I’ve never had a traumatic barf experience with cucumbers, so my aversion is probably just an innate dislike. And the culprit behind my long-term cuke hatred might be in the vegetable’s smell, more specifically than its taste. “What we call ‘taste’ is really ‘flavor,’ which is a mixture of taste, smell, and texture,” Sclafani says. People lose olfactory sensitivity as they age, which is a big reason that many people seem to outgrow childhood aversions: A food that might have been overwhelming to a kid will read as more mellow to an adult. I’m in my 30s, so there’s a decent chance that, were I to give cucumbers a fair shake, I’d hate them a lot less than my childhood memories have led me to believe.

In recent years, I’ve come to the grudging conclusion that I am somewhat of a picky eater (with a couple of caveats that I’ll get into below). I grew up in the Midwest in the 80s, which meant I mostly ate meat & potatoes, pizza, and various things on white bread when I was a kid. Campbell soups were wielded by Midwestern parents to super-charge supper casseroles like Escoffier used béchamel or hollandaise. Vegetables were shunned and feared.

In my 20s and out of the Midwest, I started eating a wider variety of foods and some of my least favorite things — broccoli, mushrooms, beets, onions — are now among my favorites. The flavors of Japanese food (sushi, ramen) took a long time to get used to, but now I love them. Other foods — mustard, raw oysters, eggplant — I have repeatedly tried and failed to appreciate as others clearly do. Part of my problem, as I found out around that time, is that I’m a supertaster. That sounds cool, like I’m Spider-Man or something, but it really means that I’m an oversensitive taster, with a proclivity for bland food and sensitivity to bitter tastes (helloooo vegetables).

I’ve also realized that a lot of the food I ate as a kid wasn’t particularly fresh or well-prepared. Tacos were hard-shelled and flavor-packet-based, fish was in stick form, and Chinese food came out of a can. Canned mushrooms aren’t that great in comparison to fresh ones, and there’s a wonderland of flavorful mushroom varieties beyond the button. In the winter in rural Wisconsin, you couldn’t even buy fresh out-of-season vegetables like tomatoes in the grocery store in the 80s.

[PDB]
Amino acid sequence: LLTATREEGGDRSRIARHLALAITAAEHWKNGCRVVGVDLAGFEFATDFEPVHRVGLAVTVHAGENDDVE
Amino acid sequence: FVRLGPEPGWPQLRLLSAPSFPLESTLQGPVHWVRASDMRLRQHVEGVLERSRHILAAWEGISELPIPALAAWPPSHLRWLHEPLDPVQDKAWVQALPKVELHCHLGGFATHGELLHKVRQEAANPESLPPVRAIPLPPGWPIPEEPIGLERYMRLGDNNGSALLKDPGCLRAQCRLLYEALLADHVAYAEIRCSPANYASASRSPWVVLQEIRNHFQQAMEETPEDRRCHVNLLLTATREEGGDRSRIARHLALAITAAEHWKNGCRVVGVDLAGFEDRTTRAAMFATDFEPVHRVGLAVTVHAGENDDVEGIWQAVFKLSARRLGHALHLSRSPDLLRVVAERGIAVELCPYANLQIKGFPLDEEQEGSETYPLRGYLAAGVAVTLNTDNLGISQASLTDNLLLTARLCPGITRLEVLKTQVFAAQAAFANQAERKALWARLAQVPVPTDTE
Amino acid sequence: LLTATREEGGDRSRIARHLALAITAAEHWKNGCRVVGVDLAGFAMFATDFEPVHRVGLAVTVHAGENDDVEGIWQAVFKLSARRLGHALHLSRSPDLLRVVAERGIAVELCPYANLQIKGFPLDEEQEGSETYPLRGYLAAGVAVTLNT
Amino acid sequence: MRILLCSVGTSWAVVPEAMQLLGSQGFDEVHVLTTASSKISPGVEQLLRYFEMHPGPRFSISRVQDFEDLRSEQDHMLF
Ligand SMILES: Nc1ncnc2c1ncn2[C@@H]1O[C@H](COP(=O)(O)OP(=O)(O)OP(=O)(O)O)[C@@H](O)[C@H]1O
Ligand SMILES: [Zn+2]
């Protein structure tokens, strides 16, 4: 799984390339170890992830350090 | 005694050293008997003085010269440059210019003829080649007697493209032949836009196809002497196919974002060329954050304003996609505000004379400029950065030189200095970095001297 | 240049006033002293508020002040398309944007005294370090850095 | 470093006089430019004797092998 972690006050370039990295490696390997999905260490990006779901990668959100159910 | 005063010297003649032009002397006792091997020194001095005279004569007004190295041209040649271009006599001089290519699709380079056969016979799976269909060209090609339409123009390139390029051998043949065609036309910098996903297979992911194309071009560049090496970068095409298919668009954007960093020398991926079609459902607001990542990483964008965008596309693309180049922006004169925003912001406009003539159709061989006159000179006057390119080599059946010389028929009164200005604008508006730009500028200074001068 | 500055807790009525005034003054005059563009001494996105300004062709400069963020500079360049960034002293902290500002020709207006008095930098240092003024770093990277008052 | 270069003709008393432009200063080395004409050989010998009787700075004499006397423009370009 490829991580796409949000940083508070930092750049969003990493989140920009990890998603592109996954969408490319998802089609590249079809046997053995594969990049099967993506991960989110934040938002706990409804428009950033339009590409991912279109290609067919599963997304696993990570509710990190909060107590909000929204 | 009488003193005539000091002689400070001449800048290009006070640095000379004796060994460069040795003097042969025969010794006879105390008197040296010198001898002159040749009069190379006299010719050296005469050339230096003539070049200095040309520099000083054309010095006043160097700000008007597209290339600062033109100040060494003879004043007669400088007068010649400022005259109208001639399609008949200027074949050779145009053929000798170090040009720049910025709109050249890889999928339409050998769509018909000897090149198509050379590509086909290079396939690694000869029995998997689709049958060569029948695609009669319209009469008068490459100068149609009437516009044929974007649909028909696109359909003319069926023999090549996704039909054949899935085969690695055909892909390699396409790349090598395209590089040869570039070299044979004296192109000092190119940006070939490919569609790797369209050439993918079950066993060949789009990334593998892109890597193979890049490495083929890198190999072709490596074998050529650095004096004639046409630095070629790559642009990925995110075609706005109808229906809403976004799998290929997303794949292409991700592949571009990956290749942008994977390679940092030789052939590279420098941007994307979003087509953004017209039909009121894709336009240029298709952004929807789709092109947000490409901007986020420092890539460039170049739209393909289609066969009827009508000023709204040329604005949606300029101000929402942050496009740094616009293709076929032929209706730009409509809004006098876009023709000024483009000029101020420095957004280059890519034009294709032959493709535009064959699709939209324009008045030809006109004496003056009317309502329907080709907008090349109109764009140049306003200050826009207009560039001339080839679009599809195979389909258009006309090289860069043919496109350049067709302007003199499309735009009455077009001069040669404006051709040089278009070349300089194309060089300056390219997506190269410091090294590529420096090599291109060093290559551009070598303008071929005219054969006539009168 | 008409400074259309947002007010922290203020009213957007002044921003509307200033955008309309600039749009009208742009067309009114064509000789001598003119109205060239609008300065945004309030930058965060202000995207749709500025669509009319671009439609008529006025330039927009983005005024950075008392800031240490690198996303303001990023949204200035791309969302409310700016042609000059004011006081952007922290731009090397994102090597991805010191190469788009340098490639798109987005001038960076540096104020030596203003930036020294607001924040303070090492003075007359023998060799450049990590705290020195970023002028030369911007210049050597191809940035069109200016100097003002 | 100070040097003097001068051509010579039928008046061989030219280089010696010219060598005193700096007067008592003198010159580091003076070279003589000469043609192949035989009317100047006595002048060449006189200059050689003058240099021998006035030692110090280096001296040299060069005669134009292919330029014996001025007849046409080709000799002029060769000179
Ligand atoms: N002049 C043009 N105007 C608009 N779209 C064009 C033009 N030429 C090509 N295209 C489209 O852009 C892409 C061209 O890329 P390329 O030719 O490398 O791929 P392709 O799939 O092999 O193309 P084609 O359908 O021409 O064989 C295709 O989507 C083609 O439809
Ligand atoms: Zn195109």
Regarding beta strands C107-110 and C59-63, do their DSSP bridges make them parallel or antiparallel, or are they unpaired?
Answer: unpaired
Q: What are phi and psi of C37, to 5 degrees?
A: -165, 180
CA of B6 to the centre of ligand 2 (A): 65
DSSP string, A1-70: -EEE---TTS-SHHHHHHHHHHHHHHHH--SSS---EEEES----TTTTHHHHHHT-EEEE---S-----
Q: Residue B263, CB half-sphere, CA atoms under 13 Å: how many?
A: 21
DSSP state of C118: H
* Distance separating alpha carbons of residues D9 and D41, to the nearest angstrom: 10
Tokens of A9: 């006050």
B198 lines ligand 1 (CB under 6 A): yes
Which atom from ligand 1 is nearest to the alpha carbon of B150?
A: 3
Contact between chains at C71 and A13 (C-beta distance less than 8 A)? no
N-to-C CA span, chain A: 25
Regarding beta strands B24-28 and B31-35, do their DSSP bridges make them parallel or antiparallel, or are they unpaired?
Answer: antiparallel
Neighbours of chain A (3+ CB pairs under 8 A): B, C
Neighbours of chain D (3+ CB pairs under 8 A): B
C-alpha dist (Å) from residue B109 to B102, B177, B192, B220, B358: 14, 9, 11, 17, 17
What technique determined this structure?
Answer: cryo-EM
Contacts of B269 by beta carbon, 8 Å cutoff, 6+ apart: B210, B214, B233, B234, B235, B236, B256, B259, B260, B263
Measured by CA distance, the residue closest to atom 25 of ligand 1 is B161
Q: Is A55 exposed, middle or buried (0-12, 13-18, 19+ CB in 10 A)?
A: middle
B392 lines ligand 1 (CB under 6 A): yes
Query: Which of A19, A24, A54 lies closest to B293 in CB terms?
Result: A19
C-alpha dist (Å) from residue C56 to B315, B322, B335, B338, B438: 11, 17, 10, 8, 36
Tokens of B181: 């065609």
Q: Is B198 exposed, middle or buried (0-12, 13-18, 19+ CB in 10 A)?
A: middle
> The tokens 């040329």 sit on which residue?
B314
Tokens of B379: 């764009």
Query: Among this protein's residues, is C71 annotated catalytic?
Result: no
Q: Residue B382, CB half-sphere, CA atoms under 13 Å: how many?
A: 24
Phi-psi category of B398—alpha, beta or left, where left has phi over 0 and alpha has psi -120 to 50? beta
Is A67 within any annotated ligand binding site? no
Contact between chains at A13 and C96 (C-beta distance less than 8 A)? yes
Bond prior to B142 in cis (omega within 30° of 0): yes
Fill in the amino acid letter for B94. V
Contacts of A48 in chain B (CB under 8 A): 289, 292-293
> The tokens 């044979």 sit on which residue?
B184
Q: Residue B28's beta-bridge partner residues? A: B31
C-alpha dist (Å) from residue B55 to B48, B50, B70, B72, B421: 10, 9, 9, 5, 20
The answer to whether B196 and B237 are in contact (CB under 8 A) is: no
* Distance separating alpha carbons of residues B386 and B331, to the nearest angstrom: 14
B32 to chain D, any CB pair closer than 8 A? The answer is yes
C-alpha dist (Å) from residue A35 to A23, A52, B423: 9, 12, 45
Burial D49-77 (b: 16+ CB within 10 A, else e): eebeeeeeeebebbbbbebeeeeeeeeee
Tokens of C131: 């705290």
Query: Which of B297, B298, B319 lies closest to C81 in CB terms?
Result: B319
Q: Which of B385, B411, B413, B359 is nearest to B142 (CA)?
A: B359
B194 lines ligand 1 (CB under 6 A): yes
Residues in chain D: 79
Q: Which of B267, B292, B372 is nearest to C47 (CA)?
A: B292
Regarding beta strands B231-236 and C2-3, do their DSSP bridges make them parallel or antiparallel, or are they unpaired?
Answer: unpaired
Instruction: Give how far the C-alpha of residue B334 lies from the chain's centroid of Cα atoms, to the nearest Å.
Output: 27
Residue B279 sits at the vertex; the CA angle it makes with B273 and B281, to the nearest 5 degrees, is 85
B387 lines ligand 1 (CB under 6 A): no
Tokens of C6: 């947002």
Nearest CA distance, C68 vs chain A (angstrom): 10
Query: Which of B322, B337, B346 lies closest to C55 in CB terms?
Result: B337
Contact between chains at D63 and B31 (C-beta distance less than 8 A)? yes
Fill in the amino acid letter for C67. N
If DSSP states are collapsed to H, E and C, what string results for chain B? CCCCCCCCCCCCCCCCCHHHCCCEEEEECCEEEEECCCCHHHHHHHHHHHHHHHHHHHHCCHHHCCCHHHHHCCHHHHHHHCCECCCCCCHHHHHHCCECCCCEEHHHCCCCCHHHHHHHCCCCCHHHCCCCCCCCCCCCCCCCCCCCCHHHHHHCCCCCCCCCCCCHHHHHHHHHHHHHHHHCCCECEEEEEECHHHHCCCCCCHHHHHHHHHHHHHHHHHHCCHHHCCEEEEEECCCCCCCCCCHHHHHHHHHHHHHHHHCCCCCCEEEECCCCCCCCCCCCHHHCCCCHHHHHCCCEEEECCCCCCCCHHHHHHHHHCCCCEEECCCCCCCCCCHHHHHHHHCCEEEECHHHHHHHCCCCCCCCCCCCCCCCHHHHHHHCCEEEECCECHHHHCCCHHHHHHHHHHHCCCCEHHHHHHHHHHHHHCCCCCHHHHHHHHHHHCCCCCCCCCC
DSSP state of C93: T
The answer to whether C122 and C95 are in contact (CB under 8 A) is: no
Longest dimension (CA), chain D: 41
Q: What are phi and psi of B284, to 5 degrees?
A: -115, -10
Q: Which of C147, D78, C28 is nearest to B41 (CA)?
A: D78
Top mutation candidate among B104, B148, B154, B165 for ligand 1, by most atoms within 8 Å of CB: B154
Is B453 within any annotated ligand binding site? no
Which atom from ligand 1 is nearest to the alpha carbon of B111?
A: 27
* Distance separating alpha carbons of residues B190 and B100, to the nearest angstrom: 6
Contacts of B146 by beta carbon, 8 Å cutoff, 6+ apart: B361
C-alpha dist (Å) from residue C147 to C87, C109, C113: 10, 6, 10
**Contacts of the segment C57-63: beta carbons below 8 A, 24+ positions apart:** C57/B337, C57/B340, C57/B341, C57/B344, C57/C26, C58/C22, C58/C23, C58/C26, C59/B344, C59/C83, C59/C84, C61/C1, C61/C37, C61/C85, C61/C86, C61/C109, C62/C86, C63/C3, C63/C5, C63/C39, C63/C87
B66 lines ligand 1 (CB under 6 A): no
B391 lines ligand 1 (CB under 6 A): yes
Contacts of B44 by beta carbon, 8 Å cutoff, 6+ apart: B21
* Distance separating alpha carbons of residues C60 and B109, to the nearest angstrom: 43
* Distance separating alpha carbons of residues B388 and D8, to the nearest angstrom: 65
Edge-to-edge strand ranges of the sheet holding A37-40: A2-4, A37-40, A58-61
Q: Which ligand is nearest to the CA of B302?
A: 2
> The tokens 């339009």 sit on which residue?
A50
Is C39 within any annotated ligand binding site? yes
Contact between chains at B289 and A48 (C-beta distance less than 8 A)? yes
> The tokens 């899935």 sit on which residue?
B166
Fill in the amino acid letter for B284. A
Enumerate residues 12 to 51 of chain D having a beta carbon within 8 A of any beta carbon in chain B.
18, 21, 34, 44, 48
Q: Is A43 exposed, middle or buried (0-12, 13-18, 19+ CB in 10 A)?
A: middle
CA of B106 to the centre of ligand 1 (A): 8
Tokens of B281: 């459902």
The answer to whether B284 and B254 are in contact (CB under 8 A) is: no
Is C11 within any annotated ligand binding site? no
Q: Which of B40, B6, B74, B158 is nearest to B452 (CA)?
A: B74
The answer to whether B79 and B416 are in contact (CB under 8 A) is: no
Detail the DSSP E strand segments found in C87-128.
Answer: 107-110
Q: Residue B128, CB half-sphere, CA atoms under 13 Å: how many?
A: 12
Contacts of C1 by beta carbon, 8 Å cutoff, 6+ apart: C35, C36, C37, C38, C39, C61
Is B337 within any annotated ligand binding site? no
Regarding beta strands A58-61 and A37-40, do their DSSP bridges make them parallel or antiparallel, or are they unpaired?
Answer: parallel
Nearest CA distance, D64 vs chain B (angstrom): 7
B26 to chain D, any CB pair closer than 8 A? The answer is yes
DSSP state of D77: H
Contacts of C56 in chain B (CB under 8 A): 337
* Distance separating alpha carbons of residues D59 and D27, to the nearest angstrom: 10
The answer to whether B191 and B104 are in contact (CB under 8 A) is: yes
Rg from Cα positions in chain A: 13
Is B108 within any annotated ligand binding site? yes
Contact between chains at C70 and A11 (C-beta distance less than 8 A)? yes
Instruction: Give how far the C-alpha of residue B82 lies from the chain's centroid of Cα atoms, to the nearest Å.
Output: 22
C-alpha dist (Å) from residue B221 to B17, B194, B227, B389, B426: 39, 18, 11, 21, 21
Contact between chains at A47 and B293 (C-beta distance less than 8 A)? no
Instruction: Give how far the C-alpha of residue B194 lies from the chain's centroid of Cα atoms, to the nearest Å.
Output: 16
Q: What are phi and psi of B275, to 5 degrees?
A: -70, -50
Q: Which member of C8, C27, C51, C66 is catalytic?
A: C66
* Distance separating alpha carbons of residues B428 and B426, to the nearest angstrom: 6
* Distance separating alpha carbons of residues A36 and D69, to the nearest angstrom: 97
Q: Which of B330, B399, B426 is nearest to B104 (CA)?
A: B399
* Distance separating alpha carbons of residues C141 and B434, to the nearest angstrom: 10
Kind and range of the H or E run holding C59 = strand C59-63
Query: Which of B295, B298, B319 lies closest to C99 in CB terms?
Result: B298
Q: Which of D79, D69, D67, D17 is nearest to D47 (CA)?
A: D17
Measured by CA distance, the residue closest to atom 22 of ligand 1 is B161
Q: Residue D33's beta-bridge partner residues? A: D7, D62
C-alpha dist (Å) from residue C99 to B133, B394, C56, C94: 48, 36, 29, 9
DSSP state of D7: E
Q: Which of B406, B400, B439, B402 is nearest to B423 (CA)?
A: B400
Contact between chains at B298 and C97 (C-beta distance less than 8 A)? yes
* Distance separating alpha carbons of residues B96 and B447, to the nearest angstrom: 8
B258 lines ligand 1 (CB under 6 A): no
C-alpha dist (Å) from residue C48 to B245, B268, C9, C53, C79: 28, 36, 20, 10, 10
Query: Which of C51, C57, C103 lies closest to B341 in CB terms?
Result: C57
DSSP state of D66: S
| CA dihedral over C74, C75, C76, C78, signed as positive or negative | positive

The weird thing is that I’m actually a pretty adventurous eater. If something is well-prepared and fresh, I will eat it. I never order anything “on the side” at a restaurant or ask them to skip an ingredient I don’t care for.1 My answer to a server’s “do you have any allergies or dietary restrictions?” is always “no”. I eat a lot of things that many other people won’t: tongue, liver, brains, tripe, sweetbreads, etc. When I am drinking alcohol,1 I will consume just about any kind of bitter digestif you can throw at me. The key for me, as Mull notes in the article, is that “gentle, steady exposure” can overcome many food aversions. Eventually, the adventurousness wins out over my picky palate. Except for raw oysters…I don’t know that I’ll ever eat them and enjoy the taste of low tide in my mouth.

  1. The only real exception to this is mustard because if there’s a smear of mustard on, for example, a Katz’s pastrami sandwich, it completely overwhelms the taste of the pastrami and rye bread for me. The “no mustard” thing has brought me a lot of ridicule over the years from hot dog and hot sandwich purists, but it can’t be helped.

  2. Which I am currently not, a topic that probably deserves its own post sometime.